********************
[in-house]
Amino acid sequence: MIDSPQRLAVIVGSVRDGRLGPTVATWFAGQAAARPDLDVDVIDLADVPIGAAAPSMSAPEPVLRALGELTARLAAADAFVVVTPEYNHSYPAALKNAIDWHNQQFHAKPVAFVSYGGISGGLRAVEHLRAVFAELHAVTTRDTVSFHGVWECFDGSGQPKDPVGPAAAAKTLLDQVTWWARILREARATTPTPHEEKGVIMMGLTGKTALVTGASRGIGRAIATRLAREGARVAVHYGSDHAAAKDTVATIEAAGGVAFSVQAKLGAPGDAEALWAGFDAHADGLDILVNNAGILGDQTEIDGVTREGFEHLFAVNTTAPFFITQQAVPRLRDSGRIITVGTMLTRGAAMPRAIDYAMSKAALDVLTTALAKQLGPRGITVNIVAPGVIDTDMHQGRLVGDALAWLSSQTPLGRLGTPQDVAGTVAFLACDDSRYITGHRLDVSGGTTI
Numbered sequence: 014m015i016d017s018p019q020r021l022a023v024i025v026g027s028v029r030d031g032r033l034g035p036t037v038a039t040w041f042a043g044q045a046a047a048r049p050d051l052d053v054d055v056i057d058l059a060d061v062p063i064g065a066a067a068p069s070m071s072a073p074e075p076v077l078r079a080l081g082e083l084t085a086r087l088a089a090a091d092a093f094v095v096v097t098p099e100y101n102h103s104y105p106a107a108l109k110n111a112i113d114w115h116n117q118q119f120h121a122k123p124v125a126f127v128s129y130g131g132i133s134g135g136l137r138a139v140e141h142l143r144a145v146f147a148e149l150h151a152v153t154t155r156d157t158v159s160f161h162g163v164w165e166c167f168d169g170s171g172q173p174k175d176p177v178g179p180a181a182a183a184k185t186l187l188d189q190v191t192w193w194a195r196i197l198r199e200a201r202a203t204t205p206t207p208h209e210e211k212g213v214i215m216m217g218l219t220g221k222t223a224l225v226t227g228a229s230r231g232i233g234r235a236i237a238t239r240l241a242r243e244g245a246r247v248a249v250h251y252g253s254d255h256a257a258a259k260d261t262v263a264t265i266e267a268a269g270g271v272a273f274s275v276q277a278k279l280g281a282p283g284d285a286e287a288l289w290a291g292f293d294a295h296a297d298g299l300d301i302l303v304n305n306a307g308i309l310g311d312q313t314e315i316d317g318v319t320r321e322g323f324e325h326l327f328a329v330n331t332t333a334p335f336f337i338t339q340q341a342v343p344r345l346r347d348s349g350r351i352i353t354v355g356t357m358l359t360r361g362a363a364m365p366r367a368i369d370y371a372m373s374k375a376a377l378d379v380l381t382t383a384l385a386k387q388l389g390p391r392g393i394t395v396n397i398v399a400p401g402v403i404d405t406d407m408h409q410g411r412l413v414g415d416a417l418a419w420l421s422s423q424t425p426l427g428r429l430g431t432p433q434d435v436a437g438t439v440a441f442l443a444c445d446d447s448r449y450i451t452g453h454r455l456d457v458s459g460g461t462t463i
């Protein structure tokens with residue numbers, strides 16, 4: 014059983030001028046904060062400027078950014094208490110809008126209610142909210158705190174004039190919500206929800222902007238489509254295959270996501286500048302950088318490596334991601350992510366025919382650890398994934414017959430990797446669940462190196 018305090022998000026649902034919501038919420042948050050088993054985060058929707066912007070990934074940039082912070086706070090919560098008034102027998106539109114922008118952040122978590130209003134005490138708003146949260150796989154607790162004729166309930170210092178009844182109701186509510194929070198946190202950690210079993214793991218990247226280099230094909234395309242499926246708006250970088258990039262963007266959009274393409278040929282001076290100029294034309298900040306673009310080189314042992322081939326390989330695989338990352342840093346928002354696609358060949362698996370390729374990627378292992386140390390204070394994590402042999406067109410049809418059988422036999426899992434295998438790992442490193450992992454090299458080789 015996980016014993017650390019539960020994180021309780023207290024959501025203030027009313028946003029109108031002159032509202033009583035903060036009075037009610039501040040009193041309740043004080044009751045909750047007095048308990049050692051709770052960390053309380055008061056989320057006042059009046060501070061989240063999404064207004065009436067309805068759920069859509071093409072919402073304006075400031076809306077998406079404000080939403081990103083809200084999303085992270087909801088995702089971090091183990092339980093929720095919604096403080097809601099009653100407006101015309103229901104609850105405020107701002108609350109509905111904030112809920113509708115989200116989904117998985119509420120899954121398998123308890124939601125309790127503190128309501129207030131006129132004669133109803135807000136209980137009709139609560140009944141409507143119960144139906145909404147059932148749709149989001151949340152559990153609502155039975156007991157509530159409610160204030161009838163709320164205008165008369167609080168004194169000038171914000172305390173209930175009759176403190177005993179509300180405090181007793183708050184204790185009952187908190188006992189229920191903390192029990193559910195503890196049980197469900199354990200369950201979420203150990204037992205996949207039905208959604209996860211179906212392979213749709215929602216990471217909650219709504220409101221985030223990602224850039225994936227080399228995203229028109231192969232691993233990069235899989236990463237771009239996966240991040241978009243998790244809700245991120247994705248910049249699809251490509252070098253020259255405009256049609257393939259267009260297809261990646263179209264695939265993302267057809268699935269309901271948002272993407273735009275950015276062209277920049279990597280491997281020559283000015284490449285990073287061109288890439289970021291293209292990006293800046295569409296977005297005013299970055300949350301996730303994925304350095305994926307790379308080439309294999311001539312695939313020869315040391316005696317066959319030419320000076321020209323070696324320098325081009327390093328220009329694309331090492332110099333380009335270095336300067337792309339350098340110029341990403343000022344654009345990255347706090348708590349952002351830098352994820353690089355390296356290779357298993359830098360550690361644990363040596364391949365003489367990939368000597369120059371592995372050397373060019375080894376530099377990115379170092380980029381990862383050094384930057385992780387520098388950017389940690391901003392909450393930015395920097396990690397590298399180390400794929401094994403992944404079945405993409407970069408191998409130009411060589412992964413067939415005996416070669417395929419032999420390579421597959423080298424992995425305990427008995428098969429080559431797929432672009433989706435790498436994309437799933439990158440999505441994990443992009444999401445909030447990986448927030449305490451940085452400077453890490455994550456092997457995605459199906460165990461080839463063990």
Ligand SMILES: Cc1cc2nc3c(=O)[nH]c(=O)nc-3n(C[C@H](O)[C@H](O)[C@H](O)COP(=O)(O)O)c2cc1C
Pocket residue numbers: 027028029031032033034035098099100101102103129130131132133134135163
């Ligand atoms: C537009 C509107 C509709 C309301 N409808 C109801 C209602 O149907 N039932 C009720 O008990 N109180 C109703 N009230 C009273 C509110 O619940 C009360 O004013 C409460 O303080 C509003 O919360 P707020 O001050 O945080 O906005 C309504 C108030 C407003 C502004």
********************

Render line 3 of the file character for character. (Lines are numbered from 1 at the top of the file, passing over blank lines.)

Numbered sequence: 014m015i016d017s018p019q020r021l022a023v024i025v026g027s028v029r030d031g032r033l034g035p036t037v038a039t040w041f042a043g044q045a046a047a048r049p050d051l052d053v054d055v056i057d058l059a060d061v062p063i064g065a066a067a068p069s070m071s072a073p074e075p076v077l078r079a080l081g082e083l084t085a086r087l088a089a090a091d092a093f094v095v096v097t098p099e100y101n102h103s104y105p106a107a108l109k110n111a112i113d114w115h116n117q118q119f120h121a122k123p124v125a126f127v128s129y130g131g132i133s134g135g136l137r138a139v140e141h142l143r144a145v146f147a148e149l150h151a152v153t154t155r156d157t158v159s160f161h162g163v164w165e166c167f168d169g170s171g172q173p174k175d176p177v178g179p180a181a182a183a184k185t186l187l188d189q190v191t192w193w194a195r196i197l198r199e200a201r202a203t204t205p206t207p208h209e210e211k212g213v214i215m216m217g218l219t220g221k222t223a224l225v226t227g228a229s230r231g232i233g234r235a236i237a238t239r240l241a242r243e244g245a246r247v248a249v250h251y252g253s254d255h256a257a258a259k260d261t262v263a264t265i266e267a268a269g270g271v272a273f274s275v276q277a278k279l280g281a282p283g284d285a286e287a288l289w290a291g292f293d294a295h296a297d298g299l300d301i302l303v304n305n306a307g308i309l310g311d312q313t314e315i316d317g318v319t320r321e322g323f324e325h326l327f328a329v330n331t332t333a334p335f336f337i338t339q340q341a342v343p344r345l346r347d348s349g350r351i352i353t354v355g356t357m358l359t360r361g362a363a364m365p366r367a368i369d370y371a372m373s374k375a376a377l378d379v380l381t382t383a384l385a386k387q388l389g390p391r392g393i394t395v396n397i398v399a400p401g402v403i404d405t406d407m408h409q410g411r412l413v414g415d416a417l418a419w420l421s422s423q424t425p426l427g428r429l430g431t432p433q434d435v436a437g438t439v440a441f442l443a444c445d446d447s448r449y450i451t452g453h454r455l456d457v458s459g460g461t462t463i